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GALLERY: Fisherman captures images of mystery monsters from the deep sea

Ridge-scaled grenadier photographed by Russian fisherman Roman Fedortsov from Murmansk, northwestern Russia. (@rfedortsov_official_account:Zenger).jpeg
Ridge-scaled grenadier photographed by Russian fisherman Roman Fedortsov from Murmansk, northwestern Russia. (@rfedortsov_official_account:Zenger)

WARNING: Some pictures included in this story might be considered too graphic or disturbing for some viewers.

MOSCOW (Zenger News) — Weird, alien-like creatures are featured in an incredible collection of images taken by a Russian trawler fisherman fascinated by the deep-sea denizens from the ocean’s “twilight zone.”

Roman Fedortsov from the city of Murmansk in northwestern Russia’s Arkhangelsk Oblast region was so amazed by some of the bizarre creatures he was fishing from the deep that he started photographing and making short videos. He sometimes fishes up to 3,300 feet below the surface (1,000 meters).

He said the bizarre creatures that he has found in the catch were so much stranger than anything he could possibly imagine.

The creatures that are adapted for survival in almost permanent darkness all year round are often compared to aliens by his online followers. They are pulled from the Barents Sea off northwestern Russia from the mesopelagic zone — or twilight zone — which extends from a depth of 660 feet (200 meters) to 3,300 feet (1,000 meters).

Fedortsov’s latest additions include chimaera, alien-headed fish, or another with what looks like bizarre tentacles protruding from its mouth. Chimaeras are also known as ghost sharks, with their last common ancestor living nearly a million years ago. The plate fish has an extremely flattened body and both of its eyes are on one side.

Another ancient-looking fish appears to have teeth worn down by overuse and constantly being replaced by fresh teeth coming from the back of its mouth.

The Russian fisherman has become an online celebrity, with many of his images going viral even though he admits that he often has little idea what most of them are, and which he shares out of curiosity. Fedortsov has been posting his deep-sea discoveries to Twitter and Instagram since 2016.

Despite the many comments that he gets, he said that he found all the fish fascinating and did not share the opinion that they were ugly monsters.

“In their own way, all of these creatures are beautiful,” he said.
He fishes mostly in the Barents Sea, off the northern coasts of Russia, which opens into the Arctic Ocean. But he also travels to other parts of the world, including the Atlantic Ocean, off Africa.

He said the huge array of different creatures he has found was confirmation that much of the ocean depths remain unexplored by man.

Some species in the images he shared have not been identified.

The setting of alien-like creatures in deep waters

Species living in sea depths have learned to adapt to a challenging environment without sunlight or warmth, causing various transformations in skin color, sight, size, and even lifespans.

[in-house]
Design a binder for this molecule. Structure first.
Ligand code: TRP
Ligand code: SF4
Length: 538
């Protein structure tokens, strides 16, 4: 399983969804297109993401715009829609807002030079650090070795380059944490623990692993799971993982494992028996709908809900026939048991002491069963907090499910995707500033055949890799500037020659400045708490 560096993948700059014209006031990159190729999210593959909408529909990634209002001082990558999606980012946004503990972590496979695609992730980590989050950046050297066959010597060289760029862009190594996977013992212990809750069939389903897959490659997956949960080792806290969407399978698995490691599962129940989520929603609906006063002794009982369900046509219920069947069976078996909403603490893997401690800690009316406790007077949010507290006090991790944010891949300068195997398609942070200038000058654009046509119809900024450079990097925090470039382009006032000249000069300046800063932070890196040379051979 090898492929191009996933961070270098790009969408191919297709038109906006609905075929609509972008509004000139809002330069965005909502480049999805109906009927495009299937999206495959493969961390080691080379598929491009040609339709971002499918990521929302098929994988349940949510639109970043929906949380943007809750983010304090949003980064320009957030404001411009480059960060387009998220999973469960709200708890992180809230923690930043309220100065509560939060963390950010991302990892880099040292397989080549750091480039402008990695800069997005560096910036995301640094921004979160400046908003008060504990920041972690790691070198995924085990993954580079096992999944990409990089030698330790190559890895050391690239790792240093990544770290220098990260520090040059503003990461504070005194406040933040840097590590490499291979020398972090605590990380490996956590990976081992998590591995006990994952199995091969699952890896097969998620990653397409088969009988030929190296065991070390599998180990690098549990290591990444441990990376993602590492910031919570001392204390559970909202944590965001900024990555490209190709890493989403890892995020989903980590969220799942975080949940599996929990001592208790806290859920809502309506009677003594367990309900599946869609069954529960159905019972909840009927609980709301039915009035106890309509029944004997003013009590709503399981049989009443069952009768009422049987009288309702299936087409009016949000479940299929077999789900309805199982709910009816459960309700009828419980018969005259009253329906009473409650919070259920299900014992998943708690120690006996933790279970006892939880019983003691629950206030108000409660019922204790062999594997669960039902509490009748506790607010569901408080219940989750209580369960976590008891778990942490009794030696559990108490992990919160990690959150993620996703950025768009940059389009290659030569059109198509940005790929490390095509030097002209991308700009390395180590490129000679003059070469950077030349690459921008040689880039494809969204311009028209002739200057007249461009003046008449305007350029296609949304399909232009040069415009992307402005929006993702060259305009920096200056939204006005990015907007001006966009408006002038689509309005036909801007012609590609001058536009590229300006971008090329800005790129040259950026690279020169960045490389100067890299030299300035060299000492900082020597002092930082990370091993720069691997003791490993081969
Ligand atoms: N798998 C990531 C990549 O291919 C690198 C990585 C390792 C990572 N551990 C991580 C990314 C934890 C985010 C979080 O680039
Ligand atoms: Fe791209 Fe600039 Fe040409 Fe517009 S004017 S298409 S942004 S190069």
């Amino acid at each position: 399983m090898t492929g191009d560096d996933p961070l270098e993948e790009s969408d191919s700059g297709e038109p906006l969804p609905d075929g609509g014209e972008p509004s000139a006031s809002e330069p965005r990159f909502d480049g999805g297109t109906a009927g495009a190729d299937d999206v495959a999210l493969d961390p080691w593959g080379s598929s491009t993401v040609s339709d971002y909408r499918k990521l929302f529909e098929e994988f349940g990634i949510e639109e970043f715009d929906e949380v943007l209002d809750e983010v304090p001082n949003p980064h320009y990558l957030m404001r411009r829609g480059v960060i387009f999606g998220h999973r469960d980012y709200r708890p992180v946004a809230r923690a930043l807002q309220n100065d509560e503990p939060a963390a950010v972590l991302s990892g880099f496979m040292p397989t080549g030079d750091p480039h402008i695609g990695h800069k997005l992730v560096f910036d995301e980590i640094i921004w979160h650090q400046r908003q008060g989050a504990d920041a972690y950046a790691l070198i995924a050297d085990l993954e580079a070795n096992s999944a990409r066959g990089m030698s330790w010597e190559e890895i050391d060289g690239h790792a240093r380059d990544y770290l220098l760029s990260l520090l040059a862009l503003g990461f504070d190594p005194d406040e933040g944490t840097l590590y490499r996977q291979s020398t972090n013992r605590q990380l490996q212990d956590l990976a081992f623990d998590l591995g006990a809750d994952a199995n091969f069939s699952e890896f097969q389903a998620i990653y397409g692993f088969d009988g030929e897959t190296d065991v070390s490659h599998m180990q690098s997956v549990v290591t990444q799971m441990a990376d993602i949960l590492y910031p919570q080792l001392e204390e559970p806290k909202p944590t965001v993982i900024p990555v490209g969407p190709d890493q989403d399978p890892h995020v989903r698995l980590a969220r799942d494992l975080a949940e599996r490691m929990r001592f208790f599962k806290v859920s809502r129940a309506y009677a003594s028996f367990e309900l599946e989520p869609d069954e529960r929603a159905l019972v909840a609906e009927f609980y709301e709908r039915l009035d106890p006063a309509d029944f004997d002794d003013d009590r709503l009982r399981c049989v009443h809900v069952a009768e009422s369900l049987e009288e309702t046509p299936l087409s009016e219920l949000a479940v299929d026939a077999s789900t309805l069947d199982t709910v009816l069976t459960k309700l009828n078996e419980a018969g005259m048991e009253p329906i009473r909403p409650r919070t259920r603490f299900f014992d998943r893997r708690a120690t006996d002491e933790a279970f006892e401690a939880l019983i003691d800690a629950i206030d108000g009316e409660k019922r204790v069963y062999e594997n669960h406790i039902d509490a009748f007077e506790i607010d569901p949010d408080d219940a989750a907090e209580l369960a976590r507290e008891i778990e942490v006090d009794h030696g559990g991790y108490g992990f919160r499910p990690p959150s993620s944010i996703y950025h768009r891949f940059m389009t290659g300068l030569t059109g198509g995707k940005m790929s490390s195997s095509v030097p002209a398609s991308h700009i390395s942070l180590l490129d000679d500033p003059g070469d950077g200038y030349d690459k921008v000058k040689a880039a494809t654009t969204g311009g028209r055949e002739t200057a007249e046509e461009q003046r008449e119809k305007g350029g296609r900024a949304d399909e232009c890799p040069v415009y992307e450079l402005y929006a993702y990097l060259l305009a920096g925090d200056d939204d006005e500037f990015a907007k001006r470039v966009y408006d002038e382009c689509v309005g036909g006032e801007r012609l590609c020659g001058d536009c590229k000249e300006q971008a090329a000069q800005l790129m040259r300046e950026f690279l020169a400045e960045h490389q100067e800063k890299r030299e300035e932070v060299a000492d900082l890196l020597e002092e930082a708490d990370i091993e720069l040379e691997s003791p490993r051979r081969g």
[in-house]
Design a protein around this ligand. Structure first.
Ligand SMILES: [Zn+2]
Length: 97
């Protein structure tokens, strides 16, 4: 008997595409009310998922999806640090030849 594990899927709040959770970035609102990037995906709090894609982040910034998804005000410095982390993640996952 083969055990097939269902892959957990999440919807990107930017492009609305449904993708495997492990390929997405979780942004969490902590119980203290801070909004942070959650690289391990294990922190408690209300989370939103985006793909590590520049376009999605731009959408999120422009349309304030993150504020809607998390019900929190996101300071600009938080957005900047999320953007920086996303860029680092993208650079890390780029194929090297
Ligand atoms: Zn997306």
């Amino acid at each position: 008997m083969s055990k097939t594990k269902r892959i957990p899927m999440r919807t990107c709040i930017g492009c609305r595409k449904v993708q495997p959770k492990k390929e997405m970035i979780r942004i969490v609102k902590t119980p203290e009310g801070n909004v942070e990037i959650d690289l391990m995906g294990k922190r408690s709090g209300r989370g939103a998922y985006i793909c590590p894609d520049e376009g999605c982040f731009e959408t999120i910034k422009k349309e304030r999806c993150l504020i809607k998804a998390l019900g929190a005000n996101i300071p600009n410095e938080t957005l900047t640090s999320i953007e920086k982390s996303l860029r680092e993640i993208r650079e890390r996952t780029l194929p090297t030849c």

Scientists say animals brought too rapidly from great depth to the surface generally die; in the case of some deep-sea fishes, their gas-filled swim bladder — adapted to resist high pressure — explodes.

“Some species, such as the deep-sea anglerfish and the viperfish, are also equipped with a long, thin modified dorsal fin on their heads tipped with a photophore lit with bioluminescence used to lure prey, say experts at marine conservation and education organization Marinebio.

Many deep-sea fishes are blind or have evolved super-powered vision. They are bioluminescent, with extremely large eyes adapted to the dark. Bioluminescent organisms are capable of producing light biologically.

Many species such as the anglerfish and dragonfish make use of bioluminescence to disguise their shadows becoming invisible and attracting prey. The katoptron fishes use their light organs to search and detect prey in the dark.

“Many mesopelagic and deeper pelagic species also save energy by having watery, gelatinous muscles and other tissues with low nutritive content,” according to Marinebio.

“For example, an epipelagic tuna’s muscle — found at the fish market — may be 20 percent protein while a deep pelagic blacksmelt or viperfish may have only five to eight percent protein. This means they cannot swim as well as a tuna, but they can achieve a larger body size with much fewer maintenance costs,” says the marine group.

“This is often used by animals everywhere for camouflage and protection from predators. In the deep sea, animals’ bodies are often transparent — such as many jellies and squids, blacks — such as blacksmelt fish, or even red — such as many shrimp and other squids.

The absence of red light at these depths keeps them concealed from both predators and prey. Some mesopelagic fish such as hatchetfish have silvery sides that reflect the faint sunlight, making them hard to see.

“Another possible adaptation that is not fully understood is called deep-sea gigantism. While the giant tubeworms of hydrothermal vents grow well due to abundant energy supplies, the other gigantic animals live in food-poor habitats,“ which remains a mystery to be discovered say Marinebio scientists.

Many deep-sea organisms, including gigantic but also many smaller ones, have been found to live for decades or even centuries.

Edited by Angie Ivan and Kristen Butler